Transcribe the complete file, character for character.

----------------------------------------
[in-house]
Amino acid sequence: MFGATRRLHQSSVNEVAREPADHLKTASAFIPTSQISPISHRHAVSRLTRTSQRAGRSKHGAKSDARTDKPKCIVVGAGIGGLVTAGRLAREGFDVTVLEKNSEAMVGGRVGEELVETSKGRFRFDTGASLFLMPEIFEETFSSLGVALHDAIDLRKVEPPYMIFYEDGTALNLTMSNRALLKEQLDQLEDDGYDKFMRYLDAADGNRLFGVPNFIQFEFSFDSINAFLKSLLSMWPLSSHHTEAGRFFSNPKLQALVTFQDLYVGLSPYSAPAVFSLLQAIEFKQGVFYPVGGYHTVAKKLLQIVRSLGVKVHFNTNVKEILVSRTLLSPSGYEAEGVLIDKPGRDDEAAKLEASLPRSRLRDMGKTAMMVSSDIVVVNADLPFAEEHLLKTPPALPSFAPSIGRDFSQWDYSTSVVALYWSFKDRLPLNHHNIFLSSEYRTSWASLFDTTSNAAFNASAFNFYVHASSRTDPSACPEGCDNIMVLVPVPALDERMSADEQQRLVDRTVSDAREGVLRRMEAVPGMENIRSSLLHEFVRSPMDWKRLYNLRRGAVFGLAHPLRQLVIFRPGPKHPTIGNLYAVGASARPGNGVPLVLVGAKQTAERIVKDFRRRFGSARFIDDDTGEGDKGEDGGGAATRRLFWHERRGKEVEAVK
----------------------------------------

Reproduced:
[in-house]
Amino acid sequence: MFGATRRLHQSSVNEVAREPADHLKTASAFIPTSQISPISHRHAVSRLTRTSQRAGRSKHGAKSDARTDKPKCIVVGAGIGGLVTAGRLAREGFDVTVLEKNSEAMVGGRVGEELVETSKGRFRFDTGASLFLMPEIFEETFSSLGVALHDAIDLRKVEPPYMIFYEDGTALNLTMSNRALLKEQLDQLEDDGYDKFMRYLDAADGNRLFGVPNFIQFEFSFDSINAFLKSLLSMWPLSSHHTEAGRFFSNPKLQALVTFQDLYVGLSPYSAPAVFSLLQAIEFKQGVFYPVGGYHTVAKKLLQIVRSLGVKVHFNTNVKEILVSRTLLSPSGYEAEGVLIDKPGRDDEAAKLEASLPRSRLRDMGKTAMMVSSDIVVVNADLPFAEEHLLKTPPALPSFAPSIGRDFSQWDYSTSVVALYWSFKDRLPLNHHNIFLSSEYRTSWASLFDTTSNAAFNASAFNFYVHASSRTDPSACPEGCDNIMVLVPVPALDERMSADEQQRLVDRTVSDAREGVLRRMEAVPGMENIRSSLLHEFVRSPMDWKRLYNLRRGAVFGLAHPLRQLVIFRPGPKHPTIGNLYAVGASARPGNGVPLVLVGAKQTAERIVKDFRRRFGSARFIDDDTGEGDKGEDGGGAATRRLFWHERRGKEVEAVK